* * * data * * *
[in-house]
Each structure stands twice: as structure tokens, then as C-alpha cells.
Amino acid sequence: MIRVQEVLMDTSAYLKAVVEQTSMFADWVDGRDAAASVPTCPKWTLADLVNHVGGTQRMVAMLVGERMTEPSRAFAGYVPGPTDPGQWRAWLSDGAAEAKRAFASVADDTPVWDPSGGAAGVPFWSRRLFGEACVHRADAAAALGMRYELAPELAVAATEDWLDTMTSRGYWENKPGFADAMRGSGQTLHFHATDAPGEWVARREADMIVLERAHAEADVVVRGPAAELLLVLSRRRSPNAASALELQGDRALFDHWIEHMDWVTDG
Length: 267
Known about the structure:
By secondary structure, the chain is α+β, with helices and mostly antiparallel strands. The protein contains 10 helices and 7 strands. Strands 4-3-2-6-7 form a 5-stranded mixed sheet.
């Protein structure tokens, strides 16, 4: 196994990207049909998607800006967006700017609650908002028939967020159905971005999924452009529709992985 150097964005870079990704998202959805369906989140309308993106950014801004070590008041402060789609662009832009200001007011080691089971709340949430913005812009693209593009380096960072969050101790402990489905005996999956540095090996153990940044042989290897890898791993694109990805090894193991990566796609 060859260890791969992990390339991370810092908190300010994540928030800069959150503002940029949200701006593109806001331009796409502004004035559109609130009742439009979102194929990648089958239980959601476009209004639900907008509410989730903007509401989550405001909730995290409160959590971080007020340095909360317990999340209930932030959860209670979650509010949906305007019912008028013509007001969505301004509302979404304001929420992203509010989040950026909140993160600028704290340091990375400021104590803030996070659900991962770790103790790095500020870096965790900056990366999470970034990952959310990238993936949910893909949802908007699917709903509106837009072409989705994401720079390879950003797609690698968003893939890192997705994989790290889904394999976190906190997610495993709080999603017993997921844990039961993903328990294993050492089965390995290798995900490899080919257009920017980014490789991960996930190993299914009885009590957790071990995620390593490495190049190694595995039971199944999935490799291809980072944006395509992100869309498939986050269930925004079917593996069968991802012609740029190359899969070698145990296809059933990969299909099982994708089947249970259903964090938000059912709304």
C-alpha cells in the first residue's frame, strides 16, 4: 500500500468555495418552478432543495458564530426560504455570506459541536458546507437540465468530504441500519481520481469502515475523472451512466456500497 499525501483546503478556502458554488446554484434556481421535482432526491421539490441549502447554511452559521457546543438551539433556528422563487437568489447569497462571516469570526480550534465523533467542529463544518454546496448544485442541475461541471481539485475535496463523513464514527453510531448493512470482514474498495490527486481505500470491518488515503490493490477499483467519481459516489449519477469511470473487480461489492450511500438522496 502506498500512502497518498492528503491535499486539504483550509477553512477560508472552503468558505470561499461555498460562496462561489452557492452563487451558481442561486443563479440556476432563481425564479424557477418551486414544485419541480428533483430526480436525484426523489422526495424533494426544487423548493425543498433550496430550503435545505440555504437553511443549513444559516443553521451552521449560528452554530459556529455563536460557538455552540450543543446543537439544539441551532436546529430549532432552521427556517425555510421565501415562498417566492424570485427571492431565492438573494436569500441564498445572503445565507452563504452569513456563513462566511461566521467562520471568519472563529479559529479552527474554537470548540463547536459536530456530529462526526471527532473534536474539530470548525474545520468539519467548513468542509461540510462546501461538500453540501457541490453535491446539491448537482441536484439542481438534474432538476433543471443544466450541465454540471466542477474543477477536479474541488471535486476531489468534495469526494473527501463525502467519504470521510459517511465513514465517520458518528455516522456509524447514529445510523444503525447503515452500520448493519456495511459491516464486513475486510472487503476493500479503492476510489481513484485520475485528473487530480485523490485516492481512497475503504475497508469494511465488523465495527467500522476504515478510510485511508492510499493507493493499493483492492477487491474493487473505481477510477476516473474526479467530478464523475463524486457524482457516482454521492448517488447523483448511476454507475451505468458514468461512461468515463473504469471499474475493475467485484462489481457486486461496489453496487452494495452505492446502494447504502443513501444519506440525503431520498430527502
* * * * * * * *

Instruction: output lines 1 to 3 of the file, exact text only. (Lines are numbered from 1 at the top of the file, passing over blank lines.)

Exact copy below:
[in-house]
Each structure stands twice: as structure tokens, then as C-alpha cells.
Amino acid sequence: MIRVQEVLMDTSAYLKAVVEQTSMFADWVDGRDAAASVPTCPKWTLADLVNHVGGTQRMVAMLVGERMTEPSRAFAGYVPGPTDPGQWRAWLSDGAAEAKRAFASVADDTPVWDPSGGAAGVPFWSRRLFGEACVHRADAAAALGMRYELAPELAVAATEDWLDTMTSRGYWENKPGFADAMRGSGQTLHFHATDAPGEWVARREADMIVLERAHAEADVVVRGPAAELLLVLSRRRSPNAASALELQGDRALFDHWIEHMDWVTDG